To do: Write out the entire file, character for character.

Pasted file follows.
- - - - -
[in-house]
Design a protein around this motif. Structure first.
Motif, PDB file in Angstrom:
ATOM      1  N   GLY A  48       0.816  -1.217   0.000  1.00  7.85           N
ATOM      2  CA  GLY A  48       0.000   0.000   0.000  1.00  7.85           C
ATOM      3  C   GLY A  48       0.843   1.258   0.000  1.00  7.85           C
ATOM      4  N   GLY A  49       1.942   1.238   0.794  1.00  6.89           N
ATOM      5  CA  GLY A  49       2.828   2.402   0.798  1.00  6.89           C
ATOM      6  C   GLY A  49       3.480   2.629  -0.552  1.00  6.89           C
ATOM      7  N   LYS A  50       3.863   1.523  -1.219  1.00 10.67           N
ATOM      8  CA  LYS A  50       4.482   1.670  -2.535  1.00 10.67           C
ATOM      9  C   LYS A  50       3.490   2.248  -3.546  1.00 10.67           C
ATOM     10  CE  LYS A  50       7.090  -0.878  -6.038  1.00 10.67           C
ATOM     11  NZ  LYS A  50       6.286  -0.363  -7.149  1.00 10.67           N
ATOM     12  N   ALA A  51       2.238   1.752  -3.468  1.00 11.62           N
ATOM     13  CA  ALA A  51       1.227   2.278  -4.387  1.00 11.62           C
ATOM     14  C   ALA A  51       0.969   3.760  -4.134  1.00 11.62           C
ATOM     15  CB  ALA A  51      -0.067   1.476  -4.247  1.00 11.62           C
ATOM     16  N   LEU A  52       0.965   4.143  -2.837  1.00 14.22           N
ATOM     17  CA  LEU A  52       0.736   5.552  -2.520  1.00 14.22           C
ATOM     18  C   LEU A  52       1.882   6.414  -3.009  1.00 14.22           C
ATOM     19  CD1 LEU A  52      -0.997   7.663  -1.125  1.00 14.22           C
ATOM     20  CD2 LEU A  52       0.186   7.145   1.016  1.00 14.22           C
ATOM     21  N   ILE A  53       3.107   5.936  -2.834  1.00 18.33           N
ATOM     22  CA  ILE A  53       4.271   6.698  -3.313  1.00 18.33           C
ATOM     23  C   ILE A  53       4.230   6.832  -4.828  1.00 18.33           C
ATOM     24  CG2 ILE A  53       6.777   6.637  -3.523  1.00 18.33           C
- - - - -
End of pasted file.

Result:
[in-house]
Design a protein around this motif. Structure first.
Motif, PDB file in Angstrom:
ATOM      1  N   GLY A  48       0.816  -1.217   0.000  1.00  7.85           N
ATOM      2  CA  GLY A  48       0.000   0.000   0.000  1.00  7.85           C
ATOM      3  C   GLY A  48       0.843   1.258   0.000  1.00  7.85           C
ATOM      4  N   GLY A  49       1.942   1.238   0.794  1.00  6.89           N
ATOM      5  CA  GLY A  49       2.828   2.402   0.798  1.00  6.89           C
ATOM      6  C   GLY A  49       3.480   2.629  -0.552  1.00  6.89           C
ATOM      7  N   LYS A  50       3.863   1.523  -1.219  1.00 10.67           N
ATOM      8  CA  LYS A  50       4.482   1.670  -2.535  1.00 10.67           C
ATOM      9  C   LYS A  50       3.490   2.248  -3.546  1.00 10.67           C
ATOM     10  CE  LYS A  50       7.090  -0.878  -6.038  1.00 10.67           C
ATOM     11  NZ  LYS A  50       6.286  -0.363  -7.149  1.00 10.67           N
ATOM     12  N   ALA A  51       2.238   1.752  -3.468  1.00 11.62           N
ATOM     13  CA  ALA A  51       1.227   2.278  -4.387  1.00 11.62           C
ATOM     14  C   ALA A  51       0.969   3.760  -4.134  1.00 11.62           C
ATOM     15  CB  ALA A  51      -0.067   1.476  -4.247  1.00 11.62           C
ATOM     16  N   LEU A  52       0.965   4.143  -2.837  1.00 14.22           N
ATOM     17  CA  LEU A  52       0.736   5.552  -2.520  1.00 14.22           C
ATOM     18  C   LEU A  52       1.882   6.414  -3.009  1.00 14.22           C
ATOM     19  CD1 LEU A  52      -0.997   7.663  -1.125  1.00 14.22           C
ATOM     20  CD2 LEU A  52       0.186   7.145   1.016  1.00 14.22           C
ATOM     21  N   ILE A  53       3.107   5.936  -2.834  1.00 18.33           N
ATOM     22  CA  ILE A  53       4.271   6.698  -3.313  1.00 18.33           C
ATOM     23  C   ILE A  53       4.230   6.832  -4.828  1.00 18.33           C
ATOM     24  CG2 ILE A  53       6.777   6.637  -3.523  1.00 18.33           C